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Am I missing the obvious - why not use vehicle's heater?
#1
I've watched lots of videos and read lots of articles about the various ways to heat a van.  I have a Honda Odyssey, which has heating vents in the back area.  Assuming one is not concerned with stealth factor, is there a reason not to just use the vehicle's own heater instead of some other source of heat?  Is it a safety issue?  Fuel efficiency issue?  Do most vehicles used by nomads just not have the heater vents in the back so it doesn't apply?  I'd appreciate any thoughts.
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#2
That is the most inefficient way of heating a vehicle fuel wise. It works in an emergency and I have done it in the snow.
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#3
The purpose of a vehicle engine (combustion engine) is to produce movement. This does however come at a cost; heat is also produced. So heat is a by-product.

To use a combustion engine to produce heat is however a very inefficient way to produce heat.  
One can typically get about 2 to 3 times more heat from the same amount of fuel, by directly burning it in a furnace.

There is also wear and tear on the vehicle engine, when ever it is turned on, so if it is only used as a heat  source, it will run fewer miles, between needed oil changes and other maintenance needs.


So, to use it in a pinch, like to stay warm for one night or day, it can make sense. As you might otherwise face a life threatening situation.

But for systematic heating, if there are any other heat options available, then you will financially be much better off  using any other heat option.
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#4
in an emergency situation, OK. but it's very inefficient and like Alvin said it's very hard on the engine. highdesertranger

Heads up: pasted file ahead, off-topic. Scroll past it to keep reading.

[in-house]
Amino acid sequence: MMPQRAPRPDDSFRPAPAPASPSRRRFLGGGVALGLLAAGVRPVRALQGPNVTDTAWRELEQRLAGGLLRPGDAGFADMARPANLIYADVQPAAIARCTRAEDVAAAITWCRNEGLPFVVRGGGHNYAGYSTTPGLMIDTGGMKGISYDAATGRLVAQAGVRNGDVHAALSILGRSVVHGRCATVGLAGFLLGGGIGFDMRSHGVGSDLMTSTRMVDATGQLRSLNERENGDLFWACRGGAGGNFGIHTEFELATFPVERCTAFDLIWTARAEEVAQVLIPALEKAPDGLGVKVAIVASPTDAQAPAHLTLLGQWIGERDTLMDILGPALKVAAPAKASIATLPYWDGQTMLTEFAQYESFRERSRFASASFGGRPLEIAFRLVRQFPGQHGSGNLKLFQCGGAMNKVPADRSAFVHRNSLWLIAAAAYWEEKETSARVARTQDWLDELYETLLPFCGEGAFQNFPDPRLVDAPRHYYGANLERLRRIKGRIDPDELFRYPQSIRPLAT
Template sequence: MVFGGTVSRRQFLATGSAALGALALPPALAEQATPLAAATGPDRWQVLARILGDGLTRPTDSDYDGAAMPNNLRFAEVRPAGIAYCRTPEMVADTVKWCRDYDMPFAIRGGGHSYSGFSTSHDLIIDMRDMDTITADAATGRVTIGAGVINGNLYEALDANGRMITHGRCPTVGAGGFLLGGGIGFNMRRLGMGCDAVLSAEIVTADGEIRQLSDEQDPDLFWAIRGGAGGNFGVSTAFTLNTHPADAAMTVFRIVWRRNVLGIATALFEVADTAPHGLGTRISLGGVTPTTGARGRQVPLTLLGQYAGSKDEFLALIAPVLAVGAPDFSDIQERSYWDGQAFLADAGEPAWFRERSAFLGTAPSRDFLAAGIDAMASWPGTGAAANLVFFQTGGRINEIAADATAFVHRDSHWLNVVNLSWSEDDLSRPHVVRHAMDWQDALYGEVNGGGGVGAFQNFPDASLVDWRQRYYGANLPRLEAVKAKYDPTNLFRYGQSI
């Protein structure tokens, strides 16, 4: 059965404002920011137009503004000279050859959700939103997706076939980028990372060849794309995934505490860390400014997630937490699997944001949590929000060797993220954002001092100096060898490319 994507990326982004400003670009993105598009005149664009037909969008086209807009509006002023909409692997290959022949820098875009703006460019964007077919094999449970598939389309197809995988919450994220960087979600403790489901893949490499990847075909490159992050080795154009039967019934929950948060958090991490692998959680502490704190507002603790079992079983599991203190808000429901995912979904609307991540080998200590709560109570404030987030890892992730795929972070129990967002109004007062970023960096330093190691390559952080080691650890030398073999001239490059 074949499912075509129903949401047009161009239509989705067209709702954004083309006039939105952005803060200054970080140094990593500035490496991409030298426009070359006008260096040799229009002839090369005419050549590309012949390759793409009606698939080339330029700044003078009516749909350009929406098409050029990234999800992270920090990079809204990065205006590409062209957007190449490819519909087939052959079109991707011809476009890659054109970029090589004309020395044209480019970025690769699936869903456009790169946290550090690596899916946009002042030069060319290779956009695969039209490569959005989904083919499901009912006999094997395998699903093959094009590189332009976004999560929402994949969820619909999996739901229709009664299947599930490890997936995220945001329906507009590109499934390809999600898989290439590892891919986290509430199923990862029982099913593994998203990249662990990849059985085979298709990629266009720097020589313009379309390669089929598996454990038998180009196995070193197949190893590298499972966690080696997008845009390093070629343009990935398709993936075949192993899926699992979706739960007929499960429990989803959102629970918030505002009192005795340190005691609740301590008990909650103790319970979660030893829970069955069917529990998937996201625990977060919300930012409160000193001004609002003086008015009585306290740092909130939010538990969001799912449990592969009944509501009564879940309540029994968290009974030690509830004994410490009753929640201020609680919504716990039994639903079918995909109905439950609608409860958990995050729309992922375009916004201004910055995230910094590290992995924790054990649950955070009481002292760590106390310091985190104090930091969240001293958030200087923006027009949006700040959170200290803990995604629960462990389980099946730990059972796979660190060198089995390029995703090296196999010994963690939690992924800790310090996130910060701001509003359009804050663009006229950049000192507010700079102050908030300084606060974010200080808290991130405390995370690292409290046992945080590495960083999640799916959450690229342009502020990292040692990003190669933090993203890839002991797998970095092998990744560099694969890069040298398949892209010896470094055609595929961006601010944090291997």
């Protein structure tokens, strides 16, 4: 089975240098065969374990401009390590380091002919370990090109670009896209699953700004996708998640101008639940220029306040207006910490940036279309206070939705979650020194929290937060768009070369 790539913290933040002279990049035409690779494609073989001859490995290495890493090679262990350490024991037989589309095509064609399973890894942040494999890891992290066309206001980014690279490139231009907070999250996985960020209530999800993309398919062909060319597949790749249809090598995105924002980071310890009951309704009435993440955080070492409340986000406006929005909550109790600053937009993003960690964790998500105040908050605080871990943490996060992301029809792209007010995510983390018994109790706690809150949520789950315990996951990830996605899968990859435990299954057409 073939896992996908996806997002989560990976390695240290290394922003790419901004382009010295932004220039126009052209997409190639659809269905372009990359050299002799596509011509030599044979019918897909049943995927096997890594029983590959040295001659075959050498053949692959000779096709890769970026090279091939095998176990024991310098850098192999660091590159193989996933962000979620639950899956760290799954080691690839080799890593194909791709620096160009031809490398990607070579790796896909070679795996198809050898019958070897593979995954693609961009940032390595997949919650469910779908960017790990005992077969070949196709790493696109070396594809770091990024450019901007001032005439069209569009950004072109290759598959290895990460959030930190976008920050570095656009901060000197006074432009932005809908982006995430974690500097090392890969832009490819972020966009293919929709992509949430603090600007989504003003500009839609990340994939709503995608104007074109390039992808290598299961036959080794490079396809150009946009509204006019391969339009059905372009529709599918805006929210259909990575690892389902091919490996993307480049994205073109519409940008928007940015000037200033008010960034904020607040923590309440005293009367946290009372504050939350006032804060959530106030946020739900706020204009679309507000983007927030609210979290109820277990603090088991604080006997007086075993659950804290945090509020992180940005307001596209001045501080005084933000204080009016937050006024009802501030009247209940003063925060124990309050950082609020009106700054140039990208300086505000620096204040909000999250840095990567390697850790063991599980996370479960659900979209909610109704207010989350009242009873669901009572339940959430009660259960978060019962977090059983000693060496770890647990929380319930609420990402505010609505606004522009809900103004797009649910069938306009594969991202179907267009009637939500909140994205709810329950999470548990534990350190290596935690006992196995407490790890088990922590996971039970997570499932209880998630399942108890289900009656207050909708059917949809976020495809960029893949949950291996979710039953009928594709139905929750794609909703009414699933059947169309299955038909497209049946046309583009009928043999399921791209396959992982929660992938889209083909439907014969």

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#5
And there's a risk of carbon monoxide poisoning.
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cyndi (12-05-2017)
#6
I've done this, but only in my Prius when I was car camping.  But then the Prius would periodically start the engine to generate heat and then turn the engine off.
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#7
There maybe more CO health risk from using a buddy heater, cook top burner and or oven burner as opposed to the vehicles heating system. Windows up in a well ventilated area, you're getting a dry air flow into the vehicle interior with no condensation/moisture issues. Police, fire, road department workers, long haul truckers spend large amounts of time in their vehicles during winter conditions using the vehicles onboard heating system. I just spent an over night in Quartzite Monday after Thanksgiving, with temps in the 40's I opted to start my subie and use the heater from 2AM to 6AM . The fuel gauge moved about an 1/8 of a tank in that 4 hour period... Toasty!
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#8
(12-05-2017, 07:29 PM)Deal Breaker Wrote: Police, fire, road department workers, long haul truckers spend large amounts of time in their vehicles during winter conditions using the vehicles onboard heating system.
Yes and that's exactly why everyone knows their engines are shot at very low mileages.

Idling actually is **much** worse engine wear & tear per minute than cruising down a highway.

Do as you like with your own property of course, but please don't spread this as a good idea.

Prius is of course a whole different kettle of fuel efficient generator fish, perfect little setup in that case.
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#9
There are differing views on idling an internal combustion engine. In my prior life, I worked in the oil industry. We literally lived in our vehicles for weeks and months at a time. Not uncommon to run these gas vehicles well past 200k miles before needing any substantial repair...

https://www.quora.com/Does-idling-car-fo...the-engine
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#10
(12-05-2017, 05:25 PM)GotSmart Wrote: That is the most inefficient way of heating a vehicle fuel wise. It works in an emergency and I have done it in the snow.

Don't let snow build up, possibly causing trapped exhaust fumes to enter the vehicle.

I've never been in that much snow but I read it somewhere.

Guy
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